When we worship other gods, fail to rest and worship on the Christian Sabbath, do not honor those in authority, or struggle with any form of adultery, it is because we are coveting. When we worship the ways of the world, long for a self-serving Sabbath, claim our own authority, or desire our neighbor’s spouse, we are coveting. The comprehensive character of sin unveils how coveting is at the root of all ingratitude toward God.
The Comprehensive Character of Covetousness
The comprehensive character of this commandment shows the way covetousness is often involved when any one of the Ten Commandments is broken. This is clearly seen in several key passages of Scripture. When Paul reflects on the whole law, he uses covetousness to sum it all up (Rom. 7:7). When he warns the Galatians to guard themselves from sin, he speaks of sin as the flesh’s coveting against the Spirit (Gal. 5:17). And when James is giving warnings against the sins of murder, fighting, and quarreling, he shows how coveting is truly at the root of them all (James 4:2).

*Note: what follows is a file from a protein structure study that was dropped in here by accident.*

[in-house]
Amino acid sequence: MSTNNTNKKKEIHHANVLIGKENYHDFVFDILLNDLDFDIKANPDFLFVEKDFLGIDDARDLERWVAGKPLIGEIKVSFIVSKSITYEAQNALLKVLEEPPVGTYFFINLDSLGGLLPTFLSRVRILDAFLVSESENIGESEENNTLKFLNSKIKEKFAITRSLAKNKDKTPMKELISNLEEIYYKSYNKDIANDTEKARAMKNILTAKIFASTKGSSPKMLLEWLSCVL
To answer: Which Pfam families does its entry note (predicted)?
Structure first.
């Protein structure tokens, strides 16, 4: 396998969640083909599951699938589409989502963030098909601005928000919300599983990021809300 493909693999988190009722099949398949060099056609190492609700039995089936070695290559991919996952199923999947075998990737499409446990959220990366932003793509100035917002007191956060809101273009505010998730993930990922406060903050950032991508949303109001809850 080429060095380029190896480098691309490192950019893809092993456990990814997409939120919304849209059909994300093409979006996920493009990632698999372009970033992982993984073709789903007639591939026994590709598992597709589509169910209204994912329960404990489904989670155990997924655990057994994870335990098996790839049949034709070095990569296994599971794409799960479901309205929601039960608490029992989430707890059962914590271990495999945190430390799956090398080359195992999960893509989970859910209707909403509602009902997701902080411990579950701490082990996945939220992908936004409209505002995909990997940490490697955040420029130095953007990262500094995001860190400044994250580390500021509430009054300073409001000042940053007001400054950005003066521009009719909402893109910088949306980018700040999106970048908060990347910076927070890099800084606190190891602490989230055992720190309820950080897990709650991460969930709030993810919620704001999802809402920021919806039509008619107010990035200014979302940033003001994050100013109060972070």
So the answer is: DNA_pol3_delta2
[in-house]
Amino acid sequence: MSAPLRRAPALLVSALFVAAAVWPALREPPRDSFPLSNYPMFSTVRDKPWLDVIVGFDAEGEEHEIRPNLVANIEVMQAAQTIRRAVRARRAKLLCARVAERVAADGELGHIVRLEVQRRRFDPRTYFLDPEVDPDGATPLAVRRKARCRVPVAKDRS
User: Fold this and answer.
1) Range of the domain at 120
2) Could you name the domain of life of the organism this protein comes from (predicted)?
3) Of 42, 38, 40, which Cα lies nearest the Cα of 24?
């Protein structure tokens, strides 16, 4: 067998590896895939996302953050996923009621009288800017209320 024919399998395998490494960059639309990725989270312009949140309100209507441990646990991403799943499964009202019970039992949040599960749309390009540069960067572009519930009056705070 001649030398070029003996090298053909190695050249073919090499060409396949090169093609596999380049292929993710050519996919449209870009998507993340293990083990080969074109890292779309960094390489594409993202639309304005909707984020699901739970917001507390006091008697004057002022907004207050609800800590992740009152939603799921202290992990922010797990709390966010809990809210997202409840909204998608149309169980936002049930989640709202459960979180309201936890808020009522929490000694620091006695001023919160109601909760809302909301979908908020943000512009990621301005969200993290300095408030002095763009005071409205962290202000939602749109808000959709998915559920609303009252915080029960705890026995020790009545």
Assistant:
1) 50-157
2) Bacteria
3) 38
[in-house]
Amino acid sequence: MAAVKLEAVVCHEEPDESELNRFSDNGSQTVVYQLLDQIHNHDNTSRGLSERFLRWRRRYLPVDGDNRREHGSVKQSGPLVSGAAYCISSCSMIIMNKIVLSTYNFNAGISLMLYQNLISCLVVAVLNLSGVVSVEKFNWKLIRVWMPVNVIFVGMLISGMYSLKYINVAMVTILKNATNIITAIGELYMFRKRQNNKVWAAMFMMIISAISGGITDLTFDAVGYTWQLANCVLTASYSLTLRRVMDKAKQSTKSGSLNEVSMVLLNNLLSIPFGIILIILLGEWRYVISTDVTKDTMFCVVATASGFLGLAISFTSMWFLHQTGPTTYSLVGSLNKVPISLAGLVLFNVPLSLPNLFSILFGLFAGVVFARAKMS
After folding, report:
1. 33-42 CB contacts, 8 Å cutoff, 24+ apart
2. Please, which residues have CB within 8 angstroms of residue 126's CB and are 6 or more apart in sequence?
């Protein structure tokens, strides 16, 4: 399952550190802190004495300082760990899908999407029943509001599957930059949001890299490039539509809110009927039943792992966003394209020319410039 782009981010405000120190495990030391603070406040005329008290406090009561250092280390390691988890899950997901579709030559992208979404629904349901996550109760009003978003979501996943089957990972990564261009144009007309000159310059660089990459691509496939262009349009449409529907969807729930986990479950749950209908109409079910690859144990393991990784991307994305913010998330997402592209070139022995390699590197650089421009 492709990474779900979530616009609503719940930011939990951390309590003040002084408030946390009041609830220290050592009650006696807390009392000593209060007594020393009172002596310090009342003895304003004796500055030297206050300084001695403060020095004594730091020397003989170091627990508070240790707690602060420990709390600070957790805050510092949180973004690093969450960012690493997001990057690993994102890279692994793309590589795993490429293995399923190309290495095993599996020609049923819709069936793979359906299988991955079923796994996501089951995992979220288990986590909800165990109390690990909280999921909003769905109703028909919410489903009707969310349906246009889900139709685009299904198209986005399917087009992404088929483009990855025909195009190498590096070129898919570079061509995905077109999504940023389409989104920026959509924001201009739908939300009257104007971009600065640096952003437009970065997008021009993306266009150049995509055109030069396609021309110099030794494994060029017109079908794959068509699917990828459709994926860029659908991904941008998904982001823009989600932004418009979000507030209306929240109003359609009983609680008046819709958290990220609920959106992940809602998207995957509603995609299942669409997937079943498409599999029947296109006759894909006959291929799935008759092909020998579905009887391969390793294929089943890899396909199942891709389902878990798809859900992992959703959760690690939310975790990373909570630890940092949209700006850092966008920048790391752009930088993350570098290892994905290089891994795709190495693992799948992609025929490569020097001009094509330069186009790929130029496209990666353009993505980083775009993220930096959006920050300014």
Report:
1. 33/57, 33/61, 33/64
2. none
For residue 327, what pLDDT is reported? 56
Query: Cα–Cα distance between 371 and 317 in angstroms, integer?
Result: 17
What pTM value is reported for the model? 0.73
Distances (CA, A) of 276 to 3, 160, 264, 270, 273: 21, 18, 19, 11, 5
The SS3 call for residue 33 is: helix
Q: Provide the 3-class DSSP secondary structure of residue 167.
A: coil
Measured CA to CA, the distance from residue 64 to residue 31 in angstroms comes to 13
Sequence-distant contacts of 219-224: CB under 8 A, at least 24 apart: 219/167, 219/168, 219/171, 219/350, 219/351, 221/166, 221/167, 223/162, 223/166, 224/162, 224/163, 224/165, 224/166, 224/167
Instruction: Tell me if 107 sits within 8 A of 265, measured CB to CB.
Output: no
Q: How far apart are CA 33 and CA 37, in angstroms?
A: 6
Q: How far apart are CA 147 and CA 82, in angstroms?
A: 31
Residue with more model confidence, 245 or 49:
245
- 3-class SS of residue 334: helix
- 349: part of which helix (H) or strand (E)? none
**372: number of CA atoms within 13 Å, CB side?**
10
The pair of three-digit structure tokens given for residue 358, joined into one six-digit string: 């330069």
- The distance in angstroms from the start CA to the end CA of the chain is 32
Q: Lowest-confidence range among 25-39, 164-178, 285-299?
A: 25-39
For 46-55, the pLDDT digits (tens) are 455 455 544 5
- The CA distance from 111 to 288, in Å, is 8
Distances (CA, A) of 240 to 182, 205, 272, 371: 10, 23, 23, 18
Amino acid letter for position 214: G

The Heidelberg Catechism also spells out the comprehensive character of covetousness (Q&A 113). We are told “that not even the slightest desire or thought contrary to any one of God’s commandments should ever arise in our hearts.” This answer clearly is pointing to the fact that when we show ungrateful defiance of any one of the Ten Commandments, the root is covetousness, our desire to place the self above God.